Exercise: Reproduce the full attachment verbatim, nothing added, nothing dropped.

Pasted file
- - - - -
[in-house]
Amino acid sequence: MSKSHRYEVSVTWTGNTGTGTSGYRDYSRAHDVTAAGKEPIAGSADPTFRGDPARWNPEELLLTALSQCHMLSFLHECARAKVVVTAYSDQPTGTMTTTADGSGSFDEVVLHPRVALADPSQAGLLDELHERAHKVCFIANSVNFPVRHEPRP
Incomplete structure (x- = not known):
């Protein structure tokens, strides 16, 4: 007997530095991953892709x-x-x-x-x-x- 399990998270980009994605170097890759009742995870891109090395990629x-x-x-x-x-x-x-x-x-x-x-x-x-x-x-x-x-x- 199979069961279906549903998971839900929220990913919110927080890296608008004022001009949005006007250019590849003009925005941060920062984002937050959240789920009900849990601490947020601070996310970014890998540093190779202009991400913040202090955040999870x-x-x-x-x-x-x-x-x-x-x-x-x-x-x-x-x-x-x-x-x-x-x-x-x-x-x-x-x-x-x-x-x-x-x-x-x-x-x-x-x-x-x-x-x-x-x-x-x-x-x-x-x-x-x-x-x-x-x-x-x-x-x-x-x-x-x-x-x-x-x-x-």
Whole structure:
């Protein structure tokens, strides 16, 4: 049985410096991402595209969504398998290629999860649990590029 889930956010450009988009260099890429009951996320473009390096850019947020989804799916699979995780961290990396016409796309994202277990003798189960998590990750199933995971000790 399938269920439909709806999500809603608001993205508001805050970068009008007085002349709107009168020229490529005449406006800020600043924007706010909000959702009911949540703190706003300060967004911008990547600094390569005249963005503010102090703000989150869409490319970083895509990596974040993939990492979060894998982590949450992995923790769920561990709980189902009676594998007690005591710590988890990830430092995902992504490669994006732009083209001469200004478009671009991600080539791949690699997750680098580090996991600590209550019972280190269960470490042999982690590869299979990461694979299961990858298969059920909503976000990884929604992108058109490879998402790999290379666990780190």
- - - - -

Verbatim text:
[in-house]
Amino acid sequence: MSKSHRYEVSVTWTGNTGTGTSGYRDYSRAHDVTAAGKEPIAGSADPTFRGDPARWNPEELLLTALSQCHMLSFLHECARAKVVVTAYSDQPTGTMTTTADGSGSFDEVVLHPRVALADPSQAGLLDELHERAHKVCFIANSVNFPVRHEPRP
Incomplete structure (x- = not known):
């Protein structure tokens, strides 16, 4: 007997530095991953892709x-x-x-x-x-x- 399990998270980009994605170097890759009742995870891109090395990629x-x-x-x-x-x-x-x-x-x-x-x-x-x-x-x-x-x- 199979069961279906549903998971839900929220990913919110927080890296608008004022001009949005006007250019590849003009925005941060920062984002937050959240789920009900849990601490947020601070996310970014890998540093190779202009991400913040202090955040999870x-x-x-x-x-x-x-x-x-x-x-x-x-x-x-x-x-x-x-x-x-x-x-x-x-x-x-x-x-x-x-x-x-x-x-x-x-x-x-x-x-x-x-x-x-x-x-x-x-x-x-x-x-x-x-x-x-x-x-x-x-x-x-x-x-x-x-x-x-x-x-x-």
Whole structure:
């Protein structure tokens, strides 16, 4: 049985410096991402595209969504398998290629999860649990590029 889930956010450009988009260099890429009951996320473009390096850019947020989804799916699979995780961290990396016409796309994202277990003798189960998590990750199933995971000790 399938269920439909709806999500809603608001993205508001805050970068009008007085002349709107009168020229490529005449406006800020600043924007706010909000959702009911949540703190706003300060967004911008990547600094390569005249963005503010102090703000989150869409490319970083895509990596974040993939990492979060894998982590949450992995923790769920561990709980189902009676594998007690005591710590988890990830430092995902992504490669994006732009083209001469200004478009671009991600080539791949690699997750680098580090996991600590209550019972280190269960470490042999982690590869299979990461694979299961990858298969059920909503976000990884929604992108058109490879998402790999290379666990780190």